has caused the clamor against "the
law's delay." Instead of drtving dl
rectly to the point at issue, they are
proceeding after the circumlocutory
manner that has won for the lawer a
place in literature to which no other
profession aspires. They have been be
fogging the issue by dragging in collat
eral or hypothetical points that do not
bear, except remotely, on the main
One side Is attempting to lay the
blame on the favorable leaning of the
courts to wealthy men, another side
brings up the allegation that the cor
poration attorneys are responsible for
the failure of reforms, another charges
the public, itself, with failing to accept
the lawyer's advlre and so It goes.
Courts were established for the pur
pose of adjusting matters of dispute
between individuals and to enforce the
authority of organized society over its
separate members. The court does not,
or should not, at least, know, rich or
poor, corporation, firm or individual.
The law applies with equal force to all,
and one should not have any advan
tage over another in any case. Tho only
possible natural advantage a rich man
can have over the poor man is that he
can better afford to abide tho slow
moving process of the court. The cor
poration has a similar advantage, be
cause its attorneys are paid whether
they work or not, while the individual
must hire his lawyer by the job.
Tho argument does not turn on these
points. Eminent jurists and barristers
unite In statements that our court pro
cedure Is cumbersome, that many of
our methods are archaic, and that the
expedition of justice requires that cer
tain reforms be adopted. These reforms
have been suggested again and again,
but the bar associations In their local
meetings arc slow and chary to take
steps to make them effective. Instead
of clearing away to the achievement de
sired they have raised up clouds of
technicalities that advantage, neither
them or the public. Some day the re
forms will be forced. It is much better
that they should come from within.
Official Judgment Lacking.
Without In any way desiring to re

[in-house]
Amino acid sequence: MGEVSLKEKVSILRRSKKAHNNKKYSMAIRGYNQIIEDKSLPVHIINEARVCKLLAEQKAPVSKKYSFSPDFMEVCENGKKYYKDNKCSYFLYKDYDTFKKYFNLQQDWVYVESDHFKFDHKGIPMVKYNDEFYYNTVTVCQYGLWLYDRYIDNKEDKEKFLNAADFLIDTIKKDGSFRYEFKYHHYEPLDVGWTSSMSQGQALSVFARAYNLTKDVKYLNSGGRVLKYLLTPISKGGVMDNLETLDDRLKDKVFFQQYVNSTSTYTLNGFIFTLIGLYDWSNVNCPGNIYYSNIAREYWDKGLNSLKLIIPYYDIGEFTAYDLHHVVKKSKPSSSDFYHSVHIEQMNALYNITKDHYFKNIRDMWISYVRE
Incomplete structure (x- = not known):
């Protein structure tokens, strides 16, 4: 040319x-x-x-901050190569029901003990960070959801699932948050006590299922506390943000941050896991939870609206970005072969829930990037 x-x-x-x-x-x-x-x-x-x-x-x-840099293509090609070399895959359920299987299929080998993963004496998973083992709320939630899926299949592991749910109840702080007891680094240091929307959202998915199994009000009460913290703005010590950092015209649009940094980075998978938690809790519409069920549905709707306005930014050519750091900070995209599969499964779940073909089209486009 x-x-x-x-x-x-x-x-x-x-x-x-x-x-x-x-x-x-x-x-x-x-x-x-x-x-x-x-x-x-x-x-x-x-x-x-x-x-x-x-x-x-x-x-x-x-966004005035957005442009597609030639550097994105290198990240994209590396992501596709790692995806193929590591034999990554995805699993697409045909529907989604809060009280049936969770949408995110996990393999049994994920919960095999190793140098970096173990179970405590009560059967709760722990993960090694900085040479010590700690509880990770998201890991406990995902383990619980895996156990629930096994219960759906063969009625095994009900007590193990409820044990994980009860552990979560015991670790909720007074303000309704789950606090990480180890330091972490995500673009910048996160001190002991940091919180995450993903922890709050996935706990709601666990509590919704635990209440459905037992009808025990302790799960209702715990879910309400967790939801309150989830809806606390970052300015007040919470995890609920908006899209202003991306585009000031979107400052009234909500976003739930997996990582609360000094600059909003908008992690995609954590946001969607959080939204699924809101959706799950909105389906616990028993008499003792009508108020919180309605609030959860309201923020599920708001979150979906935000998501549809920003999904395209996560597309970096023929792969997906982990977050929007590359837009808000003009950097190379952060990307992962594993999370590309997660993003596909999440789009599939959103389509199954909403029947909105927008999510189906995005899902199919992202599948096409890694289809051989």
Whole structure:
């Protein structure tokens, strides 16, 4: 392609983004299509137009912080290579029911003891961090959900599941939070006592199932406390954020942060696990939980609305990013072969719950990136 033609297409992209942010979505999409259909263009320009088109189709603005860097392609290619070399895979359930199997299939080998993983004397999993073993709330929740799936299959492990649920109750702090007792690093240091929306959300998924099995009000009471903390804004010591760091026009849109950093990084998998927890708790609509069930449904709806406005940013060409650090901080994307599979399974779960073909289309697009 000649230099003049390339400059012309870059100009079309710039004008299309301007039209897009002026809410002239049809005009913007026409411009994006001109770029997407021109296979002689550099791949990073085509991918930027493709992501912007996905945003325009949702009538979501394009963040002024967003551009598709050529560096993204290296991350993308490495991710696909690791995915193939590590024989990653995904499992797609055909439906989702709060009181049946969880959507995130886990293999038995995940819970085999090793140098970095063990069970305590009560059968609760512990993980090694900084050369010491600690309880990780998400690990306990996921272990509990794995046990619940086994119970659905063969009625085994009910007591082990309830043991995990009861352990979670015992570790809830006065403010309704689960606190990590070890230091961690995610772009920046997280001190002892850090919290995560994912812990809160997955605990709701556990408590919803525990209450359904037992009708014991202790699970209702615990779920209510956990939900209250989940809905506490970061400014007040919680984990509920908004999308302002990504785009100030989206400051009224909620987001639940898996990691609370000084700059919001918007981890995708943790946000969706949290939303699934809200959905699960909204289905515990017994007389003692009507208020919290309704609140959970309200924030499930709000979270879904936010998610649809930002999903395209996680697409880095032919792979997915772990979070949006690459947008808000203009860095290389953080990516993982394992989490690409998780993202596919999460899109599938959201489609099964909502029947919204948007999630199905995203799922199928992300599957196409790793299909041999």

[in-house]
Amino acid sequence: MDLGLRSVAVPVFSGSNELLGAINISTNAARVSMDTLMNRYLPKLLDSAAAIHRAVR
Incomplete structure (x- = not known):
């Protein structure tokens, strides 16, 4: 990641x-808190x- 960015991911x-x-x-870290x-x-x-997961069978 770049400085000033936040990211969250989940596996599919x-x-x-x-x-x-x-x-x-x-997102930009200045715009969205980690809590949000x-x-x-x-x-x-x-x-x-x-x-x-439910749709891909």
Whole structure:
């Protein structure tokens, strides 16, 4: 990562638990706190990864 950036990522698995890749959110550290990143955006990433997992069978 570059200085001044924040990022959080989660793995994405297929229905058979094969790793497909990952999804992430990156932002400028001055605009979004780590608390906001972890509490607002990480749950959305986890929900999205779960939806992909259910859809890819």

vive the lamentable and tiresome
Peary-Cook controversy, one may well
bo pardoned for inquiring whether
there is not to be an attempt made to
clinch the judgment In favor of Peary
by official verdict. As the case stands,
the University of Copenhagen reported
Cook's claim not proven, and a com
mittee from the National Geographic
society rendered judgment in favor of
Peary. Bait the National Geographic so
ciety Is not a national body, nor has it
any connection with the government.
It is purely a private organization con
sisting of some 50,000 members scat
tered through the country whose mem
bership consists of subscribing to a
magazine issued by the society. It has
no International recognition, and al
ready its standing in this country is
being cynically referred to by fellows
of the Royal Geographical society in
London, fellowship In ' which means
recognized scientific standing. The
criticism Is made that the so-called na
tional society at Washington is not a
serious-minded body of scholars repre
sentative of the nation, but that its
membership is thrown in like a trad
ing stamp as a premium for the maga
zine subscription referred to.
It can readily be estimated where
this criticism will lead among skeptics
abroad. The Idea Is bound to grow in
Europe that Peary has been proclaimed
discoverer of the pole solely by a pri
vate body which was known to be in
sympathy with him in advance, and
which actually aided In financing his
expedition. As Americans, we are in
terested In clinching our claim to the
pole. But has official Judgment con
firmed the claim so that in case
of Bubsequent polar explorations it
will not be disputed among other
nations? Peary was a representa
tive of the United States navy
w hile on his voyage. Yet our Naval ob
servatory, the most extravagantly
equipped in the world, has failed to
pass upon his case. He was on the gov
ernment's official roll, yet no depart
ment of the federal administration has
examined his proofs. Thus far the
American claim to the discovery of the
North pole rests alone upon the decis
ion of a private committee of a civilian
society, sustained by a membership
akin to the Chautauqua system. It be
gins to look as though there was sound
sense in Rear Admiral Schley's pro
posal that Peary get a verdict from
across the water. It may be found use
ful later.
The Red Man's Future.
Nineteen years ago Big Foot's de
voted band of Sioux braves made the
last stand of the Indian in armed re
sistance to the white man's govern
ment in "the United States. In the
bloody carnage of that New Year's day
at Wounded Knee was written the last
word in the chapter that had runfrom
the time white men first set foot upon
tho continent almost four centuries be
fore. With the bringing In of the